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Rural Irish Folks Look For Happiness in the Sweet, Captivating 'Outside Mullingar' 

Have you ever wondered if you could fall in love with your next door neighbor? Okay, not that one, but the other one. No, not that one either, the one a couple doors down. Ever wonder?

 Well, that happens to two characters in Outside Mullingar, a sweet and evocative script by John Patrick Shanley which is given a superior production by the folks at Clague Playhouse. In this four-person piece, two older folks from two separate families in Ireland dominate the first scenes to a fare-thee-well. But then their progeny take over. And while the kids are not spring chickens themselves, their struggle to recognize their attraction for each other is completely captivating.

 Shanley won the Pulitzer and Tony in 2005 for his play Doubt, and an Oscar for Moonstruck, knows his way around dialogue. And he has constructed a play bristling with witty one-liners and intriguing family dynamics. The cast under the wise direction of Anne McEvoy hits all the notes, although there are a couple wrinkles.

 The elderly Tony Reilly, a curmudgeon of the first water, is thinking about selling his farm to a relative in America who may be looking to settle on the Emerald Isle. Tony's middle-age son Anthony has invited next-door neighbor Aoife Muldoon over for tea, since she's just got done burying her husband.

 As Tony and Aoife trade pointed barbs, as all Irish people apparently do, Anthony frets because he can't garner any respect from his dad. Moreover, it appears the farm is not going to be willed to him, since Tony claims his son "... doesn't draw strength from it as I do."

 While Anthony is battling his daddy issues, we learn that Aoife's daughter Rosemary has harbored a long-standing grudge against Anthony for pushing her down on the ground when they were both in grade school. To prove her hate, she long ago bought a strip of land that provides access to the nearby road, an access that would make the Reilly's farm more valuable and salable. Anyhow, she spends most of her time smoking outside in a shed and "mopping and moping."

 These characters stake out four corners of a boxing ring and they go at it pretty well, as Shanley puts words both acidic and poetic in their mouths. Aoife complains that she was put on earth "just to bury and be buried," as Tony comments on the lackluster qualities of his son. And just when you think this play will pivot on the strong personalities of Tony and Aoife, the chronology leaps ahead and everything changes.

 The production benefits from compelling performances across the board. As Tony, the esteemed actor and scenic designer Ron Newell returns to the stage after a 16-year absence. Happily, it's as if he never left at all. His timing is devastatingly perfect, and when he finally sets himself to speak honestly with his grown son about his feeling and the future, there is hardly a dry eye in the house.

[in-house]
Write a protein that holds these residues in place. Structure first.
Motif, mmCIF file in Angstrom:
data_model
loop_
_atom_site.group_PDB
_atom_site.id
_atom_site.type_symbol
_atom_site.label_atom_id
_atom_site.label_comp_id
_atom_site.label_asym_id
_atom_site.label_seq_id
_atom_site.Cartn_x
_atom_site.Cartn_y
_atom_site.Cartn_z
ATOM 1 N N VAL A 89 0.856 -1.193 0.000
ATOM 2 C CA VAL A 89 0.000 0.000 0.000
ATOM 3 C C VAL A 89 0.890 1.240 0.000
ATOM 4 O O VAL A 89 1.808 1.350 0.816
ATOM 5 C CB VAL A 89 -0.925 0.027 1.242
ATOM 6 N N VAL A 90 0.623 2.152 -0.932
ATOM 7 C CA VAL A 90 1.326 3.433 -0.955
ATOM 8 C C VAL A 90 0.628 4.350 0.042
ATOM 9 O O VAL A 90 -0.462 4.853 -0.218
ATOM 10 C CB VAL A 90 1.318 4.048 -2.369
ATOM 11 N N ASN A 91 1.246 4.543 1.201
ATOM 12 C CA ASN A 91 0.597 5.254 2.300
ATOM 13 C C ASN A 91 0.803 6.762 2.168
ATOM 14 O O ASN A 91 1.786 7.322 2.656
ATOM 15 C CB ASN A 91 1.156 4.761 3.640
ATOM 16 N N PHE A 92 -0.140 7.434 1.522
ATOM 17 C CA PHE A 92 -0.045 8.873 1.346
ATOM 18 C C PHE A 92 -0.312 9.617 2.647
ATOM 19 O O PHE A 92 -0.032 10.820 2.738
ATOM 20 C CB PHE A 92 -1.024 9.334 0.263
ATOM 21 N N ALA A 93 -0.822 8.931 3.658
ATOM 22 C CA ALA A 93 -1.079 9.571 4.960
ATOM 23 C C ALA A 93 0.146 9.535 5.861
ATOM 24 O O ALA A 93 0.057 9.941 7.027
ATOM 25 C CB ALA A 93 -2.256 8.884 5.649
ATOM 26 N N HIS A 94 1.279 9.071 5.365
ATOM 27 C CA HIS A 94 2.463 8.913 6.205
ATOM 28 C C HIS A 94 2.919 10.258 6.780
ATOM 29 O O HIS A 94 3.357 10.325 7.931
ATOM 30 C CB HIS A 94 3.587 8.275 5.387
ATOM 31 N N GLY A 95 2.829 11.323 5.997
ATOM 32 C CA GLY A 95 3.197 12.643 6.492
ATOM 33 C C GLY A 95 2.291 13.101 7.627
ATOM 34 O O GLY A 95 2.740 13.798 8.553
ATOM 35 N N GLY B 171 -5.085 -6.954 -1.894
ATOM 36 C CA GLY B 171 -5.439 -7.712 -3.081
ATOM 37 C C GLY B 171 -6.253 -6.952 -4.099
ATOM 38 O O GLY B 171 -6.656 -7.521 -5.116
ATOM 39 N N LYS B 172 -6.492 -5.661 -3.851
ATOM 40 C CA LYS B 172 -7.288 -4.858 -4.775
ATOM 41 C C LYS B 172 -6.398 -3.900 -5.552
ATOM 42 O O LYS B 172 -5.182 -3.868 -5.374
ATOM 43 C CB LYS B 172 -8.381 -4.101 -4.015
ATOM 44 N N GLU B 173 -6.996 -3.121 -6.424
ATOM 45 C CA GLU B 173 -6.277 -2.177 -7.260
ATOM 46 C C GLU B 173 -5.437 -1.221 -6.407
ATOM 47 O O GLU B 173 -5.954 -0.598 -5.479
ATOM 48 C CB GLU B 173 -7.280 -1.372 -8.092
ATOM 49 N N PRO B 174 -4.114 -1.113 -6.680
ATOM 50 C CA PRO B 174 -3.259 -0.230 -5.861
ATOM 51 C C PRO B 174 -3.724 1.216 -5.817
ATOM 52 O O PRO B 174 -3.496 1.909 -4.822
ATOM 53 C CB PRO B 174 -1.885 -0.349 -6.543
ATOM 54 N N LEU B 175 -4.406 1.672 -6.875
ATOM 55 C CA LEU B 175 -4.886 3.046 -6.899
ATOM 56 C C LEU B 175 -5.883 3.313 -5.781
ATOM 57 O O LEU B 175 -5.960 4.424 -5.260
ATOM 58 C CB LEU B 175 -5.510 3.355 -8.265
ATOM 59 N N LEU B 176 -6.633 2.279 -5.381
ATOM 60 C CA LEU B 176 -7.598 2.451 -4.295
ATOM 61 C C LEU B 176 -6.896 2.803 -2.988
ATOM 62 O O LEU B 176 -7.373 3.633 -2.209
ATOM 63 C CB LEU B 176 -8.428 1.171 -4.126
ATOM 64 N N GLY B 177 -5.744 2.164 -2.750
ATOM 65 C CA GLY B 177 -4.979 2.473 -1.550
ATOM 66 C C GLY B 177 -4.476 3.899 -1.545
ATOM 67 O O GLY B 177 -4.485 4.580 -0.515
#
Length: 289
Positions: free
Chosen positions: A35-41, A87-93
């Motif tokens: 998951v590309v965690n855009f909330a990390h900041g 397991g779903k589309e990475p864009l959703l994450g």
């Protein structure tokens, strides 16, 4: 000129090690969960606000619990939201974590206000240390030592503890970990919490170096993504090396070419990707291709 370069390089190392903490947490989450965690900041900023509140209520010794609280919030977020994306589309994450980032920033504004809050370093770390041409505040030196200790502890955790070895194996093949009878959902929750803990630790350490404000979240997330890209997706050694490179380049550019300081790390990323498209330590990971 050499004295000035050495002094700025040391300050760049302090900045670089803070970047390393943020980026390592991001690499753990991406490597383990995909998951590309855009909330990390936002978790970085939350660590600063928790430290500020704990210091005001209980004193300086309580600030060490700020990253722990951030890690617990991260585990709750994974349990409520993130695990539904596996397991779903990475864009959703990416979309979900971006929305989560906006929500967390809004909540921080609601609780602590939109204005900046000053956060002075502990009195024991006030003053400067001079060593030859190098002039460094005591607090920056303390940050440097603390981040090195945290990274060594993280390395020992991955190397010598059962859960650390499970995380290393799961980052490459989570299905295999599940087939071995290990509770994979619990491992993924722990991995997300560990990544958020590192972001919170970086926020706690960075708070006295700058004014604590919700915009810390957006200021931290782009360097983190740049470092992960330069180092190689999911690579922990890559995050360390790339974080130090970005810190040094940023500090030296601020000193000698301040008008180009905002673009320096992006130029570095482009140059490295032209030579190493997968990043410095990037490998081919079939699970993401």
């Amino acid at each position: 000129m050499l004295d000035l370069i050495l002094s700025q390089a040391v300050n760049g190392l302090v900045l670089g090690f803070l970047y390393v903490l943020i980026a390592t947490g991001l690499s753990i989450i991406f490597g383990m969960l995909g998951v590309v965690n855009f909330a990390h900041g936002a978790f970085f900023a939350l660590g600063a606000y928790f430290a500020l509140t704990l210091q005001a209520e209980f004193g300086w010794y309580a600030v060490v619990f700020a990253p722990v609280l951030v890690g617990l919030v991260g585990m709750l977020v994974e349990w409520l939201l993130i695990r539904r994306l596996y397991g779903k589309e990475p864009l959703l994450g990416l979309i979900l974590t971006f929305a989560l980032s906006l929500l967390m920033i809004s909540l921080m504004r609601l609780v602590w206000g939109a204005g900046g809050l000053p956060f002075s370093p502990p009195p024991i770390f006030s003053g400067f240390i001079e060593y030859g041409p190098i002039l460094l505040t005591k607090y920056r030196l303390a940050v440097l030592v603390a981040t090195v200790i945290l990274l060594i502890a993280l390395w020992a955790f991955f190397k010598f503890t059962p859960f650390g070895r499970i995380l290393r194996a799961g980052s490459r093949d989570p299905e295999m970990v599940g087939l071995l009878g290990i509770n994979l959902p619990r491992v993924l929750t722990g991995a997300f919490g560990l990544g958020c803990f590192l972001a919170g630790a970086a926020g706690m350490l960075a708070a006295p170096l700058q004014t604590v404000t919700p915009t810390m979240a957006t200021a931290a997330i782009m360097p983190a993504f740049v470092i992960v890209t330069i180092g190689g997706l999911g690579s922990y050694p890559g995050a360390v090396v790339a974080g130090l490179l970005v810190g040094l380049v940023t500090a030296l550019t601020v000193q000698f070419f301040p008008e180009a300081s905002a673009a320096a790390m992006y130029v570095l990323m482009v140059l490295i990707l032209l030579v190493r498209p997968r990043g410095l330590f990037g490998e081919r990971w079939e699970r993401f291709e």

Rose Leininger in the role of Aoife matches him step for step, trading snappy patter and even singing a bit. She evokes every inch of a woman in this place, and you almost wish she and Newell could have their own show to explore their relationship further.

 But playwright Shanley has other ideas in mind, and after the middle of this 90-minute one-act, we focus our attention on Anthony and Rosemary. Each in their 40s, they have lived fairly isolated lives in the reflected glare from their high-wattage parents, and now they are forced by dint of their close residential proximity to talk to each other now and then.

 Anthony is a bit of a schlub, bald and a tad hefty, and he doesn't really know how to talk to a woman. Chris D'Amico offers a fine, controlled portrayal of a man who always did what he was supposed to do, but never stopped to figure out what he actually wanted to do. And in the later scenes, he is challenged to do that by Rosemary, played with a fluctuating intensity that seems a bit too casual at times by Cat R. Kenney.

 But in the final scene, when she finally confesses she had always been confused by his lack of interest in her, she half-jokingly asks if he's a hermaphrodite or gay. He says no, but admits he's a virgin. Then, the sparks begin to fly, and the sentiment that is released feels fully earned by these two very relatable characters.

 It is a handsome production, thanks to the detailed set design, also by Newell. But one wishes that the actors could just maintain their flow and not be interrupted by some extended scene changes. The script is good enough, and the actors are accomplished enough, to carry this story with a minimum of scenic support.

 That said, it's refreshing to see a play where genuine people are just trying to get through life, and find a little joy along the way. And if you're looking for a bit of joy yourself, look no further than Outside Mullingar.

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